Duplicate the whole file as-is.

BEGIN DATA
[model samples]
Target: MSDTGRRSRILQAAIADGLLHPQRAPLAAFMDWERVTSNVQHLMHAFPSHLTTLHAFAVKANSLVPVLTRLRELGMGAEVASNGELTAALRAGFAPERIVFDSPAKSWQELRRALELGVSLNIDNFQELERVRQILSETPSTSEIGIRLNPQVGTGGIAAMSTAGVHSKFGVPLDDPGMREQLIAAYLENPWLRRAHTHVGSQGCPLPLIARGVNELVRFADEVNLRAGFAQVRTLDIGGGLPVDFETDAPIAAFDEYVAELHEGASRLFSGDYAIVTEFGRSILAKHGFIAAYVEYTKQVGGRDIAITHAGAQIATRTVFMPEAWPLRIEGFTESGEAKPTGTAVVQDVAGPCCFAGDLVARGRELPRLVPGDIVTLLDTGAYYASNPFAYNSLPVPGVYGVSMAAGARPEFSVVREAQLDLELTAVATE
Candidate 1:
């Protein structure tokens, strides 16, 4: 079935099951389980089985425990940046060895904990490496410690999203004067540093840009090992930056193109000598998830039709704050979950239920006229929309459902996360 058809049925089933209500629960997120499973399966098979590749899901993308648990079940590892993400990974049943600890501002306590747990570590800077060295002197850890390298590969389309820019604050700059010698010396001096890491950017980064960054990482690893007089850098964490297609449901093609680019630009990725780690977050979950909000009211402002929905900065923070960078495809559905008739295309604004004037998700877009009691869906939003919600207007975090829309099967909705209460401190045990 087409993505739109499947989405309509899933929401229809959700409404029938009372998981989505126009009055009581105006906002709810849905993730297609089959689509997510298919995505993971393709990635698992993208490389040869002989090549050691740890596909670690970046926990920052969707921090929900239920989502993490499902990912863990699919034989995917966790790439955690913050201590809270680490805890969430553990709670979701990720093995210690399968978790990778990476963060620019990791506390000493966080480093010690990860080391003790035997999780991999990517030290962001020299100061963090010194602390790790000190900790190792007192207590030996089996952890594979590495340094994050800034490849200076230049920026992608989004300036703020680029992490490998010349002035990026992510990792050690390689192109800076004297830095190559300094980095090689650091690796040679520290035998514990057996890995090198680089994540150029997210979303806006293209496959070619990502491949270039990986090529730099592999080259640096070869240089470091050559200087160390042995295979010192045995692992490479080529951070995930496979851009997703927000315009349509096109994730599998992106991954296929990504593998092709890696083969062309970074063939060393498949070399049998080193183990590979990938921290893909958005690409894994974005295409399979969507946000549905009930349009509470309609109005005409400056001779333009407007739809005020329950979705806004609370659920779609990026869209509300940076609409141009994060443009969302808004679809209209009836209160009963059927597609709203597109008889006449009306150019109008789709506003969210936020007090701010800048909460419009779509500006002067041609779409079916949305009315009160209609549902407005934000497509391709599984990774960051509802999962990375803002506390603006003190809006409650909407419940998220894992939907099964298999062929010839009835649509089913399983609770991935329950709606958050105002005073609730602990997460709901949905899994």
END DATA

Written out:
[model samples]
Target: MSDTGRRSRILQAAIADGLLHPQRAPLAAFMDWERVTSNVQHLMHAFPSHLTTLHAFAVKANSLVPVLTRLRELGMGAEVASNGELTAALRAGFAPERIVFDSPAKSWQELRRALELGVSLNIDNFQELERVRQILSETPSTSEIGIRLNPQVGTGGIAAMSTAGVHSKFGVPLDDPGMREQLIAAYLENPWLRRAHTHVGSQGCPLPLIARGVNELVRFADEVNLRAGFAQVRTLDIGGGLPVDFETDAPIAAFDEYVAELHEGASRLFSGDYAIVTEFGRSILAKHGFIAAYVEYTKQVGGRDIAITHAGAQIATRTVFMPEAWPLRIEGFTESGEAKPTGTAVVQDVAGPCCFAGDLVARGRELPRLVPGDIVTLLDTGAYYASNPFAYNSLPVPGVYGVSMAAGARPEFSVVREAQLDLELTAVATE
Candidate 1:
């Protein structure tokens, strides 16, 4: 079935099951389980089985425990940046060895904990490496410690999203004067540093840009090992930056193109000598998830039709704050979950239920006229929309459902996360 058809049925089933209500629960997120499973399966098979590749899901993308648990079940590892993400990974049943600890501002306590747990570590800077060295002197850890390298590969389309820019604050700059010698010396001096890491950017980064960054990482690893007089850098964490297609449901093609680019630009990725780690977050979950909000009211402002929905900065923070960078495809559905008739295309604004004037998700877009009691869906939003919600207007975090829309099967909705209460401190045990 087409993505739109499947989405309509899933929401229809959700409404029938009372998981989505126009009055009581105006906002709810849905993730297609089959689509997510298919995505993971393709990635698992993208490389040869002989090549050691740890596909670690970046926990920052969707921090929900239920989502993490499902990912863990699919034989995917966790790439955690913050201590809270680490805890969430553990709670979701990720093995210690399968978790990778990476963060620019990791506390000493966080480093010690990860080391003790035997999780991999990517030290962001020299100061963090010194602390790790000190900790190792007192207590030996089996952890594979590495340094994050800034490849200076230049920026992608989004300036703020680029992490490998010349002035990026992510990792050690390689192109800076004297830095190559300094980095090689650091690796040679520290035998514990057996890995090198680089994540150029997210979303806006293209496959070619990502491949270039990986090529730099592999080259640096070869240089470091050559200087160390042995295979010192045995692992490479080529951070995930496979851009997703927000315009349509096109994730599998992106991954296929990504593998092709890696083969062309970074063939060393498949070399049998080193183990590979990938921290893909958005690409894994974005295409399979969507946000549905009930349009509470309609109005005409400056001779333009407007739809005020329950979705806004609370659920779609990026869209509300940076609409141009994060443009969302808004679809209209009836209160009963059927597609709203597109008889006449009306150019109008789709506003969210936020007090701010800048909460419009779509500006002067041609779409079916949305009315009160209609549902407005934000497509391709599984990774960051509802999962990375803002506390603006003190809006409650909407419940998220894992939907099964298999062929010839009835649509089913399983609770991935329950709606958050105002005073609730602990997460709901949905899994």